My Yard and Garden,  Self Care

Gardening As a Form of Self-Care

I love spending time in my garden daily, soaking in the beauty of the plants, weeding, and watering them. Gardening brings me peace and quiet and allows me to reflect or unwind. Sometimes, getting lost in the routine of caring for the plants is soothing. Appreciating the outdoors has been shown to impact mental health positively. I consider gardening as a form of self-care. Exposure to nature, soil, and sunlight can activate neurotransmitters that help alleviate symptoms of anxiety and depression. I also love frequently visiting local greenhouses to buy more flowers and gardening supplies.

Participating in gardening can bring numerous benefits. One is the opportunity to enjoy the outdoors and absorb vitamin D from the sun’s UV rays. In addition, it can provide you with a sense of purpose as you care for and watch your plants thrive due to your efforts. Tending to plants, for instance, can serve as a diversion from negative thoughts, and simply being in the garden can have an immediate calming effect. Engaging in activities that promote the production of dopamine and serotonin, such as hands-on tasks, can help alleviate depression. It also stimulates the brain as you learn new things.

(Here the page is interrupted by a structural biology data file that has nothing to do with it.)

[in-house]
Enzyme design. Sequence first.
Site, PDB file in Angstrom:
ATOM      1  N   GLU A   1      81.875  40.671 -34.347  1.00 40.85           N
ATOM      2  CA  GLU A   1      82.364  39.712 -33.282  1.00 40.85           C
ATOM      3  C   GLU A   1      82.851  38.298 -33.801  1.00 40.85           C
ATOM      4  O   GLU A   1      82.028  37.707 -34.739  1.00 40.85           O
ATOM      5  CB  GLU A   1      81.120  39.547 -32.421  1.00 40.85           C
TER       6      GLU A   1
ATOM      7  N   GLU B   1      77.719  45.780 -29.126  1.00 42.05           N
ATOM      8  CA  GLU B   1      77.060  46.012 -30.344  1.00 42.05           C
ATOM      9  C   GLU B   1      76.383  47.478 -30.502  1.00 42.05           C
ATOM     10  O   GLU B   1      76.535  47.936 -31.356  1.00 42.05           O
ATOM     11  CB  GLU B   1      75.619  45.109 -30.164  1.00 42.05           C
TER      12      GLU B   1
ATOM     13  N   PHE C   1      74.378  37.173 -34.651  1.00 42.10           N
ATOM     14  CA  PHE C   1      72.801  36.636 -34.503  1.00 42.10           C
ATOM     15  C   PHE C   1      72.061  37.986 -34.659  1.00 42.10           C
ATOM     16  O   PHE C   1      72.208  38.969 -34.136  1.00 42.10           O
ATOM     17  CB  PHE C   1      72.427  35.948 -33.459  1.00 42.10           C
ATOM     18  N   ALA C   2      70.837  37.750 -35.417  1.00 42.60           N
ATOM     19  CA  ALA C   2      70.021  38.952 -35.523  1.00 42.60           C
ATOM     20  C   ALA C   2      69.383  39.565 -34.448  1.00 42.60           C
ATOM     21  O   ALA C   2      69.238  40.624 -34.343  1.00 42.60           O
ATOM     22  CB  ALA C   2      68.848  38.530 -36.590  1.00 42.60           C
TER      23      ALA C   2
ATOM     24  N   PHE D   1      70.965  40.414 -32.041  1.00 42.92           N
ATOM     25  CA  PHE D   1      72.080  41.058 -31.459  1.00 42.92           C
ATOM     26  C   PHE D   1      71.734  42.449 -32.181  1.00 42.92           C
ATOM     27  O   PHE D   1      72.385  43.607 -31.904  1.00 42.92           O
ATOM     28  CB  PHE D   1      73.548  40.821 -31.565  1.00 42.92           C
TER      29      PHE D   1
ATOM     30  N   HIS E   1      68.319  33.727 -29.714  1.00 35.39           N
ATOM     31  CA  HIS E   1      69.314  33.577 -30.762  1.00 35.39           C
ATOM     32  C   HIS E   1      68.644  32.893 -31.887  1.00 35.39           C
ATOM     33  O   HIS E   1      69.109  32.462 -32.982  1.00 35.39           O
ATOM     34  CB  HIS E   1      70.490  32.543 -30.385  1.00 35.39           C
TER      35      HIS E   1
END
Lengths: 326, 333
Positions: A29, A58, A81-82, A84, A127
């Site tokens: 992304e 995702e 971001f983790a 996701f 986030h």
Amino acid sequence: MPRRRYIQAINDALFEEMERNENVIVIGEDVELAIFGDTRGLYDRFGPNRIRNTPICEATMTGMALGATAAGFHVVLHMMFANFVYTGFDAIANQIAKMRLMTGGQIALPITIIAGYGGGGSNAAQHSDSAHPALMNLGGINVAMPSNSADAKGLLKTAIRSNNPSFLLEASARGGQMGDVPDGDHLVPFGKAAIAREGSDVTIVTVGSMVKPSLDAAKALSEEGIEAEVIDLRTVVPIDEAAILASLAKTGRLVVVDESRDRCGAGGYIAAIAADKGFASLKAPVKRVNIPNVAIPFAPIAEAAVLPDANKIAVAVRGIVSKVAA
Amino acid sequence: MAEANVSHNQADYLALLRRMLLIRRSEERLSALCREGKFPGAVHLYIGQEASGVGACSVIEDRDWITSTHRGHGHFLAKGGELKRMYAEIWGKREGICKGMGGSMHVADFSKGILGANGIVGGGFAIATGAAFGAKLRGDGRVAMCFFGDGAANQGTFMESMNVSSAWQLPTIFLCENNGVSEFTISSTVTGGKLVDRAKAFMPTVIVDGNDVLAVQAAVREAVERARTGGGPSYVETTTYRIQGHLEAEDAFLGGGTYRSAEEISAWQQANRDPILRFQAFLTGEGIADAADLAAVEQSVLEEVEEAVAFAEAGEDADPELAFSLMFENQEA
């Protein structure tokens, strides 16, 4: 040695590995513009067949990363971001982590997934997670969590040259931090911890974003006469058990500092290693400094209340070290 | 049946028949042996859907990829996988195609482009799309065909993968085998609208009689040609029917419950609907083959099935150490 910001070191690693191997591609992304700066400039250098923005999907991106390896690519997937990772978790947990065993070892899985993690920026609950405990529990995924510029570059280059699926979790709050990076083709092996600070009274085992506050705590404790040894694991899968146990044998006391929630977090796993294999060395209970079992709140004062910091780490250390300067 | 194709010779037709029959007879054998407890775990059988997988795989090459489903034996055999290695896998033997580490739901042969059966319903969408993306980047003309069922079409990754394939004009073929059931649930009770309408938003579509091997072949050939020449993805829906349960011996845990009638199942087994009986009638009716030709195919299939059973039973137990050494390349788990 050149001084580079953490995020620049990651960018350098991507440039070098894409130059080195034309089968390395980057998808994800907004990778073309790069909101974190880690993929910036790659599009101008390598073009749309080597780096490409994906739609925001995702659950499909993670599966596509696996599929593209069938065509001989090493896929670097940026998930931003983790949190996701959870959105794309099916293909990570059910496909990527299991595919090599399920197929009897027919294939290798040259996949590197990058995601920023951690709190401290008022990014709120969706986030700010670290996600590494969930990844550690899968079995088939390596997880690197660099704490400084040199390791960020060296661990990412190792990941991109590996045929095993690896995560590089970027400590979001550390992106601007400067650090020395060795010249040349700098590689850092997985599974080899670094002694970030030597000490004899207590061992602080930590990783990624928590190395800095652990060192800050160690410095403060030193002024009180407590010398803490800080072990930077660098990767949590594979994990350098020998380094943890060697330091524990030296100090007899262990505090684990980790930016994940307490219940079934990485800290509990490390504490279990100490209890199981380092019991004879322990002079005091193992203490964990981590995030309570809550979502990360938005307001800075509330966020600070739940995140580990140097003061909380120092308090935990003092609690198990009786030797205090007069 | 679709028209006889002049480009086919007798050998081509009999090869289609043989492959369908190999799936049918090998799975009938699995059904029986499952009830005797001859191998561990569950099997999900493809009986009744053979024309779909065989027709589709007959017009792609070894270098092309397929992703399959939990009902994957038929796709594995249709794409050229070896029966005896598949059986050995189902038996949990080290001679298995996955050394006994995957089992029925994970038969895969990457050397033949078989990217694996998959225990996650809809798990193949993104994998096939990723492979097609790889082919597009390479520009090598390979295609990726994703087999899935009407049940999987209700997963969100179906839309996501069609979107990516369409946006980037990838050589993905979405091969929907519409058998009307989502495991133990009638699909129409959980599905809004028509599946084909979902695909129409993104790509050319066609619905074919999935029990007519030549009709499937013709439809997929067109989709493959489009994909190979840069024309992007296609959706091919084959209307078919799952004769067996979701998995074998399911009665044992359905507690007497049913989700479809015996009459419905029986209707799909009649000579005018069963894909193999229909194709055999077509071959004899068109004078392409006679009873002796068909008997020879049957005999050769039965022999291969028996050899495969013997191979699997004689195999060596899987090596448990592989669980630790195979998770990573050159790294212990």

Gardening as Self Care

Many physicians and mental health professionals suggest that those who suffer from depression take up a hobby. Gardening makes a great hobby. This may not cure depression, but it often provides a distraction during the darkest moments. Additionally, a hobby frequently inspires people to get out of bed and leave the house. These are reasons I consider the hobby of gardening as a form of self-care.

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